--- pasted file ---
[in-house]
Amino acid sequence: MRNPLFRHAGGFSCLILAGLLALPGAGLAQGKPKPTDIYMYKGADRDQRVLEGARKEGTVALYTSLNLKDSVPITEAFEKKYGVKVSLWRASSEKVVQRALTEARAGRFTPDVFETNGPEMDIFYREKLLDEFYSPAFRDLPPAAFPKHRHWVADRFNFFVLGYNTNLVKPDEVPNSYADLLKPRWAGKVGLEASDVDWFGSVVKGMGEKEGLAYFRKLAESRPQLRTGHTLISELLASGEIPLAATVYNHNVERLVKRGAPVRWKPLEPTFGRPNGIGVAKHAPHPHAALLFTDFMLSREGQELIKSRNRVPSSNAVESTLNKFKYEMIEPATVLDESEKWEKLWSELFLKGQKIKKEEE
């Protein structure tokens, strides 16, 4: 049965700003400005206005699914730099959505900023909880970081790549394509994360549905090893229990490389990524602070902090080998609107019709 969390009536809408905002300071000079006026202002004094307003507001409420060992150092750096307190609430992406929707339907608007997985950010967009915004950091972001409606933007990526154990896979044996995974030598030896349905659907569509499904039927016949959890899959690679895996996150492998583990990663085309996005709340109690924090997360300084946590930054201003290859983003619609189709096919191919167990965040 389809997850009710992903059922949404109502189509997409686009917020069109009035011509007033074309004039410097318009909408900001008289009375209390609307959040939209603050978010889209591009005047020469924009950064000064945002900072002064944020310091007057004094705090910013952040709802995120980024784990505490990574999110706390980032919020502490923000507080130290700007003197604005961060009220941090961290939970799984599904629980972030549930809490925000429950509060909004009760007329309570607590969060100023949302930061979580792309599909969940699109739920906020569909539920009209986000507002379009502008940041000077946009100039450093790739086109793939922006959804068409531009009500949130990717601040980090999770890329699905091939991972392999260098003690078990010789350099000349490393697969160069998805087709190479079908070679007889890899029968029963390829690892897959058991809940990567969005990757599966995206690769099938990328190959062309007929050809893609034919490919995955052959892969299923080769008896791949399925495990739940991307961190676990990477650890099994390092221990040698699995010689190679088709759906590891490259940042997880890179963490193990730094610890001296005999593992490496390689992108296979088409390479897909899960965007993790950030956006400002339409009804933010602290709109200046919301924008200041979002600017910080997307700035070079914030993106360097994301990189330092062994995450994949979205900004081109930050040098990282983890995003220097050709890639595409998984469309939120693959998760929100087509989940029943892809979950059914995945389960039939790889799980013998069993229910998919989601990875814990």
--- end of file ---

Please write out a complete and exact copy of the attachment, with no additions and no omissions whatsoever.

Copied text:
[in-house]
Amino acid sequence: MRNPLFRHAGGFSCLILAGLLALPGAGLAQGKPKPTDIYMYKGADRDQRVLEGARKEGTVALYTSLNLKDSVPITEAFEKKYGVKVSLWRASSEKVVQRALTEARAGRFTPDVFETNGPEMDIFYREKLLDEFYSPAFRDLPPAAFPKHRHWVADRFNFFVLGYNTNLVKPDEVPNSYADLLKPRWAGKVGLEASDVDWFGSVVKGMGEKEGLAYFRKLAESRPQLRTGHTLISELLASGEIPLAATVYNHNVERLVKRGAPVRWKPLEPTFGRPNGIGVAKHAPHPHAALLFTDFMLSREGQELIKSRNRVPSSNAVESTLNKFKYEMIEPATVLDESEKWEKLWSELFLKGQKIKKEEE
């Protein structure tokens, strides 16, 4: 049965700003400005206005699914730099959505900023909880970081790549394509994360549905090893229990490389990524602070902090080998609107019709 969390009536809408905002300071000079006026202002004094307003507001409420060992150092750096307190609430992406929707339907608007997985950010967009915004950091972001409606933007990526154990896979044996995974030598030896349905659907569509499904039927016949959890899959690679895996996150492998583990990663085309996005709340109690924090997360300084946590930054201003290859983003619609189709096919191919167990965040 389809997850009710992903059922949404109502189509997409686009917020069109009035011509007033074309004039410097318009909408900001008289009375209390609307959040939209603050978010889209591009005047020469924009950064000064945002900072002064944020310091007057004094705090910013952040709802995120980024784990505490990574999110706390980032919020502490923000507080130290700007003197604005961060009220941090961290939970799984599904629980972030549930809490925000429950509060909004009760007329309570607590969060100023949302930061979580792309599909969940699109739920906020569909539920009209986000507002379009502008940041000077946009100039450093790739086109793939922006959804068409531009009500949130990717601040980090999770890329699905091939991972392999260098003690078990010789350099000349490393697969160069998805087709190479079908070679007889890899029968029963390829690892897959058991809940990567969005990757599966995206690769099938990328190959062309007929050809893609034919490919995955052959892969299923080769008896791949399925495990739940991307961190676990990477650890099994390092221990040698699995010689190679088709759906590891490259940042997880890179963490193990730094610890001296005999593992490496390689992108296979088409390479897909899960965007993790950030956006400002339409009804933010602290709109200046919301924008200041979002600017910080997307700035070079914030993106360097994301990189330092062994995450994949979205900004081109930050040098990282983890995003220097050709890639595409998984469309939120693959998760929100087509989940029943892809979950059914995945389960039939790889799980013998069993229910998919989601990875814990």